Annette Hayton is Head of Widening Participation at Goldsmiths, University of London and manages a range of activities designed to support successful progression to higher education. Before joining Goldsmiths she managed the London Region Post-Network at the Institute of Education and is currently convenor of the UALL Widening Participation and Social Inclusion Network.Annette is interested in how educational theory can be developed and applied in practice to promote positive change within the education system, aiming to  combine theory and practice in her work. She has produced two edited collection for Kogan Page Tackling Disaffection and Social Exclusion: Issues for Education Policy in 1999 and, with Anna Paczuska, Access, Participation and Higher Education in 2002.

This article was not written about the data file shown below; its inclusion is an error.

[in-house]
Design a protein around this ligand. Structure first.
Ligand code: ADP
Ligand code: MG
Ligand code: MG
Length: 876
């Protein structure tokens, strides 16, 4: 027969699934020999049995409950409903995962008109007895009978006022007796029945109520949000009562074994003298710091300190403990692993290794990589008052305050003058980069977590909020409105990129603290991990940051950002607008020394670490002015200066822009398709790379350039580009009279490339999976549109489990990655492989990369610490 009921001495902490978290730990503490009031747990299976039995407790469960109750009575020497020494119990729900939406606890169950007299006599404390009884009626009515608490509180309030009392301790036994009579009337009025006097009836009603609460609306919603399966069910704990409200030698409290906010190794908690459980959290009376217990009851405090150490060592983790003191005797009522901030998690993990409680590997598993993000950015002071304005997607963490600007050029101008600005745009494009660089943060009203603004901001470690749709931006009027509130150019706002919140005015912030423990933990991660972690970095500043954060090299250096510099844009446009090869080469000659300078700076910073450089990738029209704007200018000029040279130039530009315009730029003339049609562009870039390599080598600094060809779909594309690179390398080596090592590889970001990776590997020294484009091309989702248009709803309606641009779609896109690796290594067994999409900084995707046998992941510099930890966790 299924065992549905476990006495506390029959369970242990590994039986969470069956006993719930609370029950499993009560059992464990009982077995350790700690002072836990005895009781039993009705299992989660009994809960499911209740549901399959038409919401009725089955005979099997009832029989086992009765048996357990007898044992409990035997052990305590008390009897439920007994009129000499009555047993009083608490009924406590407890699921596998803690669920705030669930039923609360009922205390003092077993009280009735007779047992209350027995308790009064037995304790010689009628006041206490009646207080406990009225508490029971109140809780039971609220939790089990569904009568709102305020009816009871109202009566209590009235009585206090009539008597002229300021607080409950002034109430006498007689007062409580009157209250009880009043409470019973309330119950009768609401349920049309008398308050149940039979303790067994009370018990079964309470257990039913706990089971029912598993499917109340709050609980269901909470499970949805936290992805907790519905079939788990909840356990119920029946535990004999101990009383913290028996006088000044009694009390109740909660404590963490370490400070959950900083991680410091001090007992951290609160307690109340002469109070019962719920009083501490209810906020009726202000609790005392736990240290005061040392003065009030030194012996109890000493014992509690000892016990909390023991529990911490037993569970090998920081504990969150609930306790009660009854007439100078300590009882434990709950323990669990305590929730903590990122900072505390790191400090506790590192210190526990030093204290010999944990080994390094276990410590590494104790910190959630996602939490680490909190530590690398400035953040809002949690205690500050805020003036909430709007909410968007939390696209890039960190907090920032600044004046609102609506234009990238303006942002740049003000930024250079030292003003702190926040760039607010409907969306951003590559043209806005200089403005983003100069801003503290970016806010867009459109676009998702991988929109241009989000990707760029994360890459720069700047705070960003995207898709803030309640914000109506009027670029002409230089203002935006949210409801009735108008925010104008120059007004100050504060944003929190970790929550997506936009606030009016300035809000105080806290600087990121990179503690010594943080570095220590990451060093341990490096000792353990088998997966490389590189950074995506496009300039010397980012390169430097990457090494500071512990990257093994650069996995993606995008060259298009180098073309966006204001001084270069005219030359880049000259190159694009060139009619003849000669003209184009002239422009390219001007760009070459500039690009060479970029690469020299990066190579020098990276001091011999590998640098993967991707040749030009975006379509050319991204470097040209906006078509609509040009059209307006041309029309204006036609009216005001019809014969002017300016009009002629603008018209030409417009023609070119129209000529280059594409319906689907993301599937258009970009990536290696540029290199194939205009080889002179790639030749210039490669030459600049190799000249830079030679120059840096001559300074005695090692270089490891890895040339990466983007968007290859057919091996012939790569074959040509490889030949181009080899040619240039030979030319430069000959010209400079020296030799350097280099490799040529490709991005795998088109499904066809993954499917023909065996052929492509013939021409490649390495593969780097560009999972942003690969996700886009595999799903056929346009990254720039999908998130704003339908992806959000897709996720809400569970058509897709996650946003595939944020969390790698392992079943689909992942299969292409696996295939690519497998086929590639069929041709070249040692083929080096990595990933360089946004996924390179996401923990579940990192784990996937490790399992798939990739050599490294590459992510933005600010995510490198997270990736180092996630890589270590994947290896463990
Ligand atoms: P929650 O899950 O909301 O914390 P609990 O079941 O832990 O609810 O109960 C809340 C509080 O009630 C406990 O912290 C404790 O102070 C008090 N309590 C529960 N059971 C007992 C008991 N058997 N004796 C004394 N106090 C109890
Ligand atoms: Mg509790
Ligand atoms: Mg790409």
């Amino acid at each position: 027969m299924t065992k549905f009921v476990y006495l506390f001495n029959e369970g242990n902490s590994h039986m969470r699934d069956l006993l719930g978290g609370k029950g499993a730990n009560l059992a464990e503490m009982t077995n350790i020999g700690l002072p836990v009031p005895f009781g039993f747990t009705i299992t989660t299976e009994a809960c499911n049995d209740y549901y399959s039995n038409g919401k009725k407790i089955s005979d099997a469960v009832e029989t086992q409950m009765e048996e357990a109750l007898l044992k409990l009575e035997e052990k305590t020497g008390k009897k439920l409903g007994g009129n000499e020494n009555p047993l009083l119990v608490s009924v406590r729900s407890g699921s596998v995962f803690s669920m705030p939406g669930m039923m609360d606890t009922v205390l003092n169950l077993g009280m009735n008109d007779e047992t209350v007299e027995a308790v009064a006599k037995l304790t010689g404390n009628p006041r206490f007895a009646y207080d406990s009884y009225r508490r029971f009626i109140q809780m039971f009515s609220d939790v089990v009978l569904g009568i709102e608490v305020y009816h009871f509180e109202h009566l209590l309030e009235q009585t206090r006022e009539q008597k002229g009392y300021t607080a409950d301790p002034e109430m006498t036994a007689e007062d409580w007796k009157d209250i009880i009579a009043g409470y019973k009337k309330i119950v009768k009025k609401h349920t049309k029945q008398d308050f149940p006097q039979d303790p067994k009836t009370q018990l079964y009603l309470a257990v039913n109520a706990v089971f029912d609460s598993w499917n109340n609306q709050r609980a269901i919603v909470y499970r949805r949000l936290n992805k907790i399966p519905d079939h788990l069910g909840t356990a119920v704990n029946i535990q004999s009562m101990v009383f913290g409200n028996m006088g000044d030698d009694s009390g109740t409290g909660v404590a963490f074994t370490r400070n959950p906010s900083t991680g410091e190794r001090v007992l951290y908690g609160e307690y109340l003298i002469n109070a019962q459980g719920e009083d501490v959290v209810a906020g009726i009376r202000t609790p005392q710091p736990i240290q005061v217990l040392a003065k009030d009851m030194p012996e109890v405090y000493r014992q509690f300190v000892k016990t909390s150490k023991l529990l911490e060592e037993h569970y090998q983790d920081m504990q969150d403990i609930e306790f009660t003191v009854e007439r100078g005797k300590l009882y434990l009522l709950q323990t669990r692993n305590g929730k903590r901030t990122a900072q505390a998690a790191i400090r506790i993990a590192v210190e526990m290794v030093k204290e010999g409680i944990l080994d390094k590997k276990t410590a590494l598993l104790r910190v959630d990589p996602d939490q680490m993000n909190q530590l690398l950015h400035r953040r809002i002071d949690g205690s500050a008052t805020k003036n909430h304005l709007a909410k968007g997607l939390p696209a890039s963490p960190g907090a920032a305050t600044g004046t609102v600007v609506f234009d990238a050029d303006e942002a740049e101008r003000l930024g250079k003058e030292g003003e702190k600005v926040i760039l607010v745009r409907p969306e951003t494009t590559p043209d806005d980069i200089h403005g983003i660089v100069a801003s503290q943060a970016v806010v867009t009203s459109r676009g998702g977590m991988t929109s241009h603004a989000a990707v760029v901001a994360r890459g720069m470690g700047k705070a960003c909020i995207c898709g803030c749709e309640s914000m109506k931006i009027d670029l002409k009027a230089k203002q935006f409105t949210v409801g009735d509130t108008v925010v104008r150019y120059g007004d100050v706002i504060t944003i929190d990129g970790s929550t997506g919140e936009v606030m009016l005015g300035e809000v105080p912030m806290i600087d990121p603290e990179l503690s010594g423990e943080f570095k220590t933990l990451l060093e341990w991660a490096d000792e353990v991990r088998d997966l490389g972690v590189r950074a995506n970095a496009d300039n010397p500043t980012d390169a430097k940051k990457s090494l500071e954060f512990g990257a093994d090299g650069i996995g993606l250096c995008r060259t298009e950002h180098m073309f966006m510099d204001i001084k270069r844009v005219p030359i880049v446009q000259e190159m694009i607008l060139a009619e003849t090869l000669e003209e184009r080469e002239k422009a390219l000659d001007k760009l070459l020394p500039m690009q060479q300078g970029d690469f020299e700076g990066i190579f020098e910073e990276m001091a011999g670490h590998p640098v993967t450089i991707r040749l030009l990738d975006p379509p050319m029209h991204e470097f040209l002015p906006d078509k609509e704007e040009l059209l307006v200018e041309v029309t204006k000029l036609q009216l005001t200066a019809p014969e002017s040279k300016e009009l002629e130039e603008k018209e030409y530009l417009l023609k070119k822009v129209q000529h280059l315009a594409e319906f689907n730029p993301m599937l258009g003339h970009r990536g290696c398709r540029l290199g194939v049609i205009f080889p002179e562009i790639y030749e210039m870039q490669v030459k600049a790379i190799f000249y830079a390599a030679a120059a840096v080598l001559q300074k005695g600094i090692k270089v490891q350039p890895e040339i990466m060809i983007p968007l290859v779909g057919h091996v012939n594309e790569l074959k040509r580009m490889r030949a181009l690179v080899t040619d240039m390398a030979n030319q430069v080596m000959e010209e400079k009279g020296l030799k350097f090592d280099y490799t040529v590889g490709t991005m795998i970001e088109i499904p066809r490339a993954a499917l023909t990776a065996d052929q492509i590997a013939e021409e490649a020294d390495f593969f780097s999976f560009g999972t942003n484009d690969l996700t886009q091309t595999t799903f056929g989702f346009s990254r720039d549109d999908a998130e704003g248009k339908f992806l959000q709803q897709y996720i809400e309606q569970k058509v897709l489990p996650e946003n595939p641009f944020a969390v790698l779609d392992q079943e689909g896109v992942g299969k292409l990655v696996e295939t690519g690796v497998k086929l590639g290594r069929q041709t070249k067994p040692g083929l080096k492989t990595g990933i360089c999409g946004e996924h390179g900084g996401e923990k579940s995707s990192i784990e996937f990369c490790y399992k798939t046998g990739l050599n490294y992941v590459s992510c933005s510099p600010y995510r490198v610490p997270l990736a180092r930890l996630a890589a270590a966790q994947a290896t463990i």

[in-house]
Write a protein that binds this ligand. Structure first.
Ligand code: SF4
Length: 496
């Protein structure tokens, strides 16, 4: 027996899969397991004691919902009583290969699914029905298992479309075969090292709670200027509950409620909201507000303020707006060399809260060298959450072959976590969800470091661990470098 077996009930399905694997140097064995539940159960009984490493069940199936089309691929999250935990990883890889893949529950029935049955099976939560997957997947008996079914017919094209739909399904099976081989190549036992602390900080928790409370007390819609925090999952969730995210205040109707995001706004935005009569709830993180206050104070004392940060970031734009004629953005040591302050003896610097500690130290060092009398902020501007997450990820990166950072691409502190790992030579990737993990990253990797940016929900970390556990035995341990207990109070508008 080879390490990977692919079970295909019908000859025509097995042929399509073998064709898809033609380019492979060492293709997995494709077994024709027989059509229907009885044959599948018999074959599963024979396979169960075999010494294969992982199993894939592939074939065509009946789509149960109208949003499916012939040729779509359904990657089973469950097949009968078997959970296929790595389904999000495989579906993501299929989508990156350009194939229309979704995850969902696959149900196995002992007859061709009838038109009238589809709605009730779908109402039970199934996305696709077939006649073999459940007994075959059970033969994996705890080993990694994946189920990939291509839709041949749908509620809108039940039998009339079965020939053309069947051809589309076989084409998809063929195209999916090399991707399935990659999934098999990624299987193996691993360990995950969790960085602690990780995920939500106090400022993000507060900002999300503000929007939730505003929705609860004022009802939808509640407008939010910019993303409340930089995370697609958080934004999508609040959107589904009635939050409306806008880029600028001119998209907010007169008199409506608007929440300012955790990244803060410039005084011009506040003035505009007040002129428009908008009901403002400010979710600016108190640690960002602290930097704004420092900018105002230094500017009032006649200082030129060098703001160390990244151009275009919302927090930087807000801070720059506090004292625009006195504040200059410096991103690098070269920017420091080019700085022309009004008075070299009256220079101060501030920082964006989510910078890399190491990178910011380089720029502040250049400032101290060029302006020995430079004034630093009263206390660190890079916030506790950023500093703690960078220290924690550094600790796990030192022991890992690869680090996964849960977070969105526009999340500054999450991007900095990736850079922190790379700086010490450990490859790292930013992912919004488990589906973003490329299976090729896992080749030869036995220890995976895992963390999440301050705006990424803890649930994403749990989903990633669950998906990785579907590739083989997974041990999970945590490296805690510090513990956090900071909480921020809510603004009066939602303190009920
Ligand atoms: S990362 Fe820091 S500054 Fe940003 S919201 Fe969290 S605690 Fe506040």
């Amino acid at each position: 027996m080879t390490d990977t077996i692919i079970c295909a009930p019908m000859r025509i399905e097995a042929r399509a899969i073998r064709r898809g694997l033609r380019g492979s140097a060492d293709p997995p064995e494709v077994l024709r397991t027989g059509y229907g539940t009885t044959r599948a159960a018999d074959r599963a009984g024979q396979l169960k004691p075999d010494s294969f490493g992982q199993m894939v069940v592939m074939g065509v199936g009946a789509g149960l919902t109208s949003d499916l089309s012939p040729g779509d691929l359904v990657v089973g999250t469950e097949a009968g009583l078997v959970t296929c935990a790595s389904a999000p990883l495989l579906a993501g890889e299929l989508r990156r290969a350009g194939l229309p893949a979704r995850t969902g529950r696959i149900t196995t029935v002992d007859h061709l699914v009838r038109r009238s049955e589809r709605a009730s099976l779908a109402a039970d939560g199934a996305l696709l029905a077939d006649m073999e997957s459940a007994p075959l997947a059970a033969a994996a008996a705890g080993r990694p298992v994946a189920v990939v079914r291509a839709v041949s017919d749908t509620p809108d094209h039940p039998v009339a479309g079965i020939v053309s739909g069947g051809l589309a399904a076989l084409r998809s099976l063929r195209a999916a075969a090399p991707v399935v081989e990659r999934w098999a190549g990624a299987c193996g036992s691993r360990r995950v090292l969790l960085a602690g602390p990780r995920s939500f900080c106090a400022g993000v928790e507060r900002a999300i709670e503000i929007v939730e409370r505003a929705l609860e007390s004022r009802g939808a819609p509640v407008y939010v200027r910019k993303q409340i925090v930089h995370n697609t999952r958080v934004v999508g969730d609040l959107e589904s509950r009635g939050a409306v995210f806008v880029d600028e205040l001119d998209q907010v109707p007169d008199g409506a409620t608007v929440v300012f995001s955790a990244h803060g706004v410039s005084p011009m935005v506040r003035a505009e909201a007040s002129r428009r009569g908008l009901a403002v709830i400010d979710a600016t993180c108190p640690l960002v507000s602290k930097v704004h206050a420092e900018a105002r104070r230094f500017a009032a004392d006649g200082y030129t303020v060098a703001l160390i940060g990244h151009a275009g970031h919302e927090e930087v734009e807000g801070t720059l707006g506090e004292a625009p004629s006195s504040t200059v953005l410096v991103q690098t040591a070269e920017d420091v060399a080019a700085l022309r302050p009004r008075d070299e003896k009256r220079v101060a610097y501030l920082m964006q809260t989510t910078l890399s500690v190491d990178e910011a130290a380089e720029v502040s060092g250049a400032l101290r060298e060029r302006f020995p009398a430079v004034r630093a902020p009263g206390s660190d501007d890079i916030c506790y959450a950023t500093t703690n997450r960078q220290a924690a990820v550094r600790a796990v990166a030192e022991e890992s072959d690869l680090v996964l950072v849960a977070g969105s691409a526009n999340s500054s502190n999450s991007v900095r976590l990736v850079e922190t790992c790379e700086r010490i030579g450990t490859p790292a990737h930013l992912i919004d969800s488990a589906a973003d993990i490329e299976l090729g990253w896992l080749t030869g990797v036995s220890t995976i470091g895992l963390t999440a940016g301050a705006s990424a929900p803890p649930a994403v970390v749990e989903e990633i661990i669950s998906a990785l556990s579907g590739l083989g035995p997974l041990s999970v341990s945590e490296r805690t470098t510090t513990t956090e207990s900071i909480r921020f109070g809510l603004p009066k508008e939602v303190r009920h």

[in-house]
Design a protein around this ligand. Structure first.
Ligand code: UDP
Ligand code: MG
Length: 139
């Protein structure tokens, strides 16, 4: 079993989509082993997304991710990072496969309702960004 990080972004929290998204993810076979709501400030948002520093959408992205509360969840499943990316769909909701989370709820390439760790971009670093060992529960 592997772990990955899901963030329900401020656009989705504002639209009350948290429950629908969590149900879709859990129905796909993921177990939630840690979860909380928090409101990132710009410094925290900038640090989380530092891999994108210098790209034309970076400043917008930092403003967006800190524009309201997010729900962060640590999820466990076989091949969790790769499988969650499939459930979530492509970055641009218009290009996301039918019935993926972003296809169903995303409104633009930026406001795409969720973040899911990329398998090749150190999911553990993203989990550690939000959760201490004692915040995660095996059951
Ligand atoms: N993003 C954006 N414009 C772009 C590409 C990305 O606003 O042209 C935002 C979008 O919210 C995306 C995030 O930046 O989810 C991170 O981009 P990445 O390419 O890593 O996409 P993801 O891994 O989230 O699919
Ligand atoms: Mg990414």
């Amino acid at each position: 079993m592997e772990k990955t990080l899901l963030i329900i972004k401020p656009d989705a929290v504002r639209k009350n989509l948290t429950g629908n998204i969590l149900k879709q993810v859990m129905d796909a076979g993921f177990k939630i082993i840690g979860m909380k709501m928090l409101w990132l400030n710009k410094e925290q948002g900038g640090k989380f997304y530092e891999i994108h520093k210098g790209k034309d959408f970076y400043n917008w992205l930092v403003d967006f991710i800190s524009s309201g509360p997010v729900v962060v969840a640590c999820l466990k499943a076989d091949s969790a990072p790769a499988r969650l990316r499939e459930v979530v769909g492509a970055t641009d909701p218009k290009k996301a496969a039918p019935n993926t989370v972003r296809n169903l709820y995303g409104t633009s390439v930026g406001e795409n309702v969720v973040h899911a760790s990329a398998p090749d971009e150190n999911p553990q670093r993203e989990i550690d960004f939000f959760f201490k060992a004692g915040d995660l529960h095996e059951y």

Les Back is a Professor of Sociology at Goldsmiths, University of London.His main fields of interest are the sociology of racism, popular culture and city life. His work attempts to create a sensuous or live sociology committed to searching for new modes of sociological writing and representation. This approach is outlined in his most recent book The Art of Listening (Berg 2007). He also writes journalism and has made documentary films. He is the coordinator of the ESRC funded Live Sociology programme which offers training in the use of multi-media in qualitative research as part of Researcher Development Initiative.  His books include: Auditory Cultures Reader with Michael Bull Berg (2003), Out of Witnesses with Vron Ware, University of Chicago (2002); The Changing Face of Football: Racism and Multiculture in the English Soccer, with Tim Crabbe and John Solomos (Berg 2001);New Ethnicities and Urban Culture: Racisms and Multiculture in Young Lives (University College Press, 1996);Race Politics and Social Change, with John Solomos (Routledge, 1995); His latest work onthe ethics of scholarship and teaching has been made available as a multi-media ebook entitled The Academic Diary (2011) http://www.academic-diary.co.uk/